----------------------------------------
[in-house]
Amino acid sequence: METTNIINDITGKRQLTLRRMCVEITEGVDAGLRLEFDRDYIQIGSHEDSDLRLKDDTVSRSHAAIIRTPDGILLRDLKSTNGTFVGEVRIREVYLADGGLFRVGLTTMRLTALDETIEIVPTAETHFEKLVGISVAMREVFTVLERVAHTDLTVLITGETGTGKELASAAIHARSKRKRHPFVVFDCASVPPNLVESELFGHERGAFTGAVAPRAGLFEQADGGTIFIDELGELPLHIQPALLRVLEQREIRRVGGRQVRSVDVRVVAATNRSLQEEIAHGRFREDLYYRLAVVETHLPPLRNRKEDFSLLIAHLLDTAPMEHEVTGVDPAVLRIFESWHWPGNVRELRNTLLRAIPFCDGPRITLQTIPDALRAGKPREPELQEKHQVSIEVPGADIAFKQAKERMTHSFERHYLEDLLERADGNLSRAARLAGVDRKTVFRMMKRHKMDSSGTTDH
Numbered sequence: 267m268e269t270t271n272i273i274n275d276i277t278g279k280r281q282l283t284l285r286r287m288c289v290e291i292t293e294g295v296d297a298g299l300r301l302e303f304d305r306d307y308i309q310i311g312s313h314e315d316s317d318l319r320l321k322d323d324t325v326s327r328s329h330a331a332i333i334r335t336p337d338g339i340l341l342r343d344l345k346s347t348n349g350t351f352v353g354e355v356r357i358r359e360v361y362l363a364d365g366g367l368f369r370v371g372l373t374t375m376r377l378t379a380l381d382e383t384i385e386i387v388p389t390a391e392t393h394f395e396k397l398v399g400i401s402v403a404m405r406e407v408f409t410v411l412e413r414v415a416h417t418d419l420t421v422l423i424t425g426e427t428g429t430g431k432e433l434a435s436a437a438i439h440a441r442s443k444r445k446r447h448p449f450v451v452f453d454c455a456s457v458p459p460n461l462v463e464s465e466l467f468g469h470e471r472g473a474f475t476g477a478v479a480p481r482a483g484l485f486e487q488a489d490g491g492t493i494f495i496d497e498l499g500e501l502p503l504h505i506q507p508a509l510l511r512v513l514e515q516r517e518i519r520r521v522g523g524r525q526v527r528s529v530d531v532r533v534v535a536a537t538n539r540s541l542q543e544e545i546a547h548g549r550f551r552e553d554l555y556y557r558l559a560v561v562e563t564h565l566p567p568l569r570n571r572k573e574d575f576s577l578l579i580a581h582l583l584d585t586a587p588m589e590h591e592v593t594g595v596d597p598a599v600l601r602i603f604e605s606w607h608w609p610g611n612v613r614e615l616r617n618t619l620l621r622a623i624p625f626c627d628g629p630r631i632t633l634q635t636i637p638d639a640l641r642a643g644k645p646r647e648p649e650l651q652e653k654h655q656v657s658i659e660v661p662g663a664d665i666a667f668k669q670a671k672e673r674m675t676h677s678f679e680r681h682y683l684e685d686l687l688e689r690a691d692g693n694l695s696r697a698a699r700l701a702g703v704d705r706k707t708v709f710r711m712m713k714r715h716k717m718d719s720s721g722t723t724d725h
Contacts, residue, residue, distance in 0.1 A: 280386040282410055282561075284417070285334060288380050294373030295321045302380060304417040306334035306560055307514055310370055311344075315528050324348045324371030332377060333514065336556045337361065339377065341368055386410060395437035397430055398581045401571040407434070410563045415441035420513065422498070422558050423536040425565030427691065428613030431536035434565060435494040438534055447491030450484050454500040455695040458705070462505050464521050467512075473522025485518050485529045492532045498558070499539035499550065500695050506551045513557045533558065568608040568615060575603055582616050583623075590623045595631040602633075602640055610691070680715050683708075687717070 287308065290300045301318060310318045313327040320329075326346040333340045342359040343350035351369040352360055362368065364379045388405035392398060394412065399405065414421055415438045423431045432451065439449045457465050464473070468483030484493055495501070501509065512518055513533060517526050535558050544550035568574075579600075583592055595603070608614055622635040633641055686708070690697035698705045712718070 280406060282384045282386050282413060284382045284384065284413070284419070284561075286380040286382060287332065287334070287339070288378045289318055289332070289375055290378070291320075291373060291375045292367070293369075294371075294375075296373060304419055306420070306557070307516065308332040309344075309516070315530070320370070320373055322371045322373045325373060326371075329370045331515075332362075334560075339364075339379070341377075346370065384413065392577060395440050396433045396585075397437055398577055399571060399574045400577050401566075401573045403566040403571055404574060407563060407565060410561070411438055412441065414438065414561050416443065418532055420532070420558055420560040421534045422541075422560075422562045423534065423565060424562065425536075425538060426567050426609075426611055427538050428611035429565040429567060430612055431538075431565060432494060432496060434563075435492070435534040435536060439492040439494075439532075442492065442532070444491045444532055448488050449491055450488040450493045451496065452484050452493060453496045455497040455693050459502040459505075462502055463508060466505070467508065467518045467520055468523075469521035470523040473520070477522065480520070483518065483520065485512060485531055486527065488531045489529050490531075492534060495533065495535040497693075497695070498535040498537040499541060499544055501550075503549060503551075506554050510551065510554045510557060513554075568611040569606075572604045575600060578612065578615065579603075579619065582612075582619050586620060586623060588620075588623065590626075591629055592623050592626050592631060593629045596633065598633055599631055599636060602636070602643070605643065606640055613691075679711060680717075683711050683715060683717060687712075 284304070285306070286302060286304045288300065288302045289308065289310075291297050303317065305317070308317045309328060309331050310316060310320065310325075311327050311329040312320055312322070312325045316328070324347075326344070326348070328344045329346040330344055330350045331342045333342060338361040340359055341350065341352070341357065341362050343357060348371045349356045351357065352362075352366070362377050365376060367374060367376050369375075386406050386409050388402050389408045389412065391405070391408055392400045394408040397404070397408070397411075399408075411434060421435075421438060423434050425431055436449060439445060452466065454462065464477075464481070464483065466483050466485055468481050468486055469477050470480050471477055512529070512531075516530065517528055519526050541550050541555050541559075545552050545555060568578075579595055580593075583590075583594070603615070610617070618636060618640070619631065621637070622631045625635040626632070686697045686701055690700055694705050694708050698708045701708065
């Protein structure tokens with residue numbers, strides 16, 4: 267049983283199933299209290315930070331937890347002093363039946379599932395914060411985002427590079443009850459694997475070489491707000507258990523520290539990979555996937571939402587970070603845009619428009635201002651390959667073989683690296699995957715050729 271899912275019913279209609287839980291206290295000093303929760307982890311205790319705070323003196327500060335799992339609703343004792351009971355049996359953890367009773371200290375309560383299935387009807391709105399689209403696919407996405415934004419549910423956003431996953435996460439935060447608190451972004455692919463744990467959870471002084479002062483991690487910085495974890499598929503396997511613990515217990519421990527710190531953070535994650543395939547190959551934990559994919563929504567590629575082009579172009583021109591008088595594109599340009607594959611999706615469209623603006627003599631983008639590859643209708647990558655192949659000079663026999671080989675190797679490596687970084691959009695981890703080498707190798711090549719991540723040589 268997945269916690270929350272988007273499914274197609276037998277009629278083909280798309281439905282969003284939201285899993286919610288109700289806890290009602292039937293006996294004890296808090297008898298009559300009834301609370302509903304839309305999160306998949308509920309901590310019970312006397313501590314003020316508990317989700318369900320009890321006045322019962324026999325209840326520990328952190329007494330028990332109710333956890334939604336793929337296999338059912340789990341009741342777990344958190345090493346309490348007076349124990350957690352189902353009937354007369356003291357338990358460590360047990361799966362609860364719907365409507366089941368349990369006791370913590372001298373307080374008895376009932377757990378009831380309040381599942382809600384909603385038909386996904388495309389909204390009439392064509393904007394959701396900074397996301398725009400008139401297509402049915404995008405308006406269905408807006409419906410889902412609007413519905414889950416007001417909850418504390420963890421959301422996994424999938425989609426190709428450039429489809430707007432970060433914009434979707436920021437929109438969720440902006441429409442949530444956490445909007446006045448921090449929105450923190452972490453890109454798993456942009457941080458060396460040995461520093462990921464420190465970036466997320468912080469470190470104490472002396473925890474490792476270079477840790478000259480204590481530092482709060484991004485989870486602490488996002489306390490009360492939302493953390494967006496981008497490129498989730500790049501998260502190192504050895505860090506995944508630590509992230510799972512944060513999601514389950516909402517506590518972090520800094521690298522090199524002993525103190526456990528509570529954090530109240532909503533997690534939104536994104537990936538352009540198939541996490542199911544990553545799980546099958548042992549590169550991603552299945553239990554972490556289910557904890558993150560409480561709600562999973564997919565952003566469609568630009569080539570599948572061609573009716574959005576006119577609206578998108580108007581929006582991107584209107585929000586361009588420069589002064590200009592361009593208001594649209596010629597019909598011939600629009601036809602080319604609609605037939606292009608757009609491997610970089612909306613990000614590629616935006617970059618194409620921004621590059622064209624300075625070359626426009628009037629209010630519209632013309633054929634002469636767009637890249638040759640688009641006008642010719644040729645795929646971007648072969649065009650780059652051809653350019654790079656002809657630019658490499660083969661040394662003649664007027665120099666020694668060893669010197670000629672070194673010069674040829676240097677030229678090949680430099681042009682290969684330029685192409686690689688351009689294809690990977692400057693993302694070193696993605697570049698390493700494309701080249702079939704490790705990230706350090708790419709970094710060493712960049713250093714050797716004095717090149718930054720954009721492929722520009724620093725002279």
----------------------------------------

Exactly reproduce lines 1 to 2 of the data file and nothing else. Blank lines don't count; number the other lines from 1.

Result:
[in-house]
Amino acid sequence: METTNIINDITGKRQLTLRRMCVEITEGVDAGLRLEFDRDYIQIGSHEDSDLRLKDDTVSRSHAAIIRTPDGILLRDLKSTNGTFVGEVRIREVYLADGGLFRVGLTTMRLTALDETIEIVPTAETHFEKLVGISVAMREVFTVLERVAHTDLTVLITGETGTGKELASAAIHARSKRKRHPFVVFDCASVPPNLVESELFGHERGAFTGAVAPRAGLFEQADGGTIFIDELGELPLHIQPALLRVLEQREIRRVGGRQVRSVDVRVVAATNRSLQEEIAHGRFREDLYYRLAVVETHLPPLRNRKEDFSLLIAHLLDTAPMEHEVTGVDPAVLRIFESWHWPGNVRELRNTLLRAIPFCDGPRITLQTIPDALRAGKPREPELQEKHQVSIEVPGADIAFKQAKERMTHSFERHYLEDLLERADGNLSRAARLAGVDRKTVFRMMKRHKMDSSGTTDH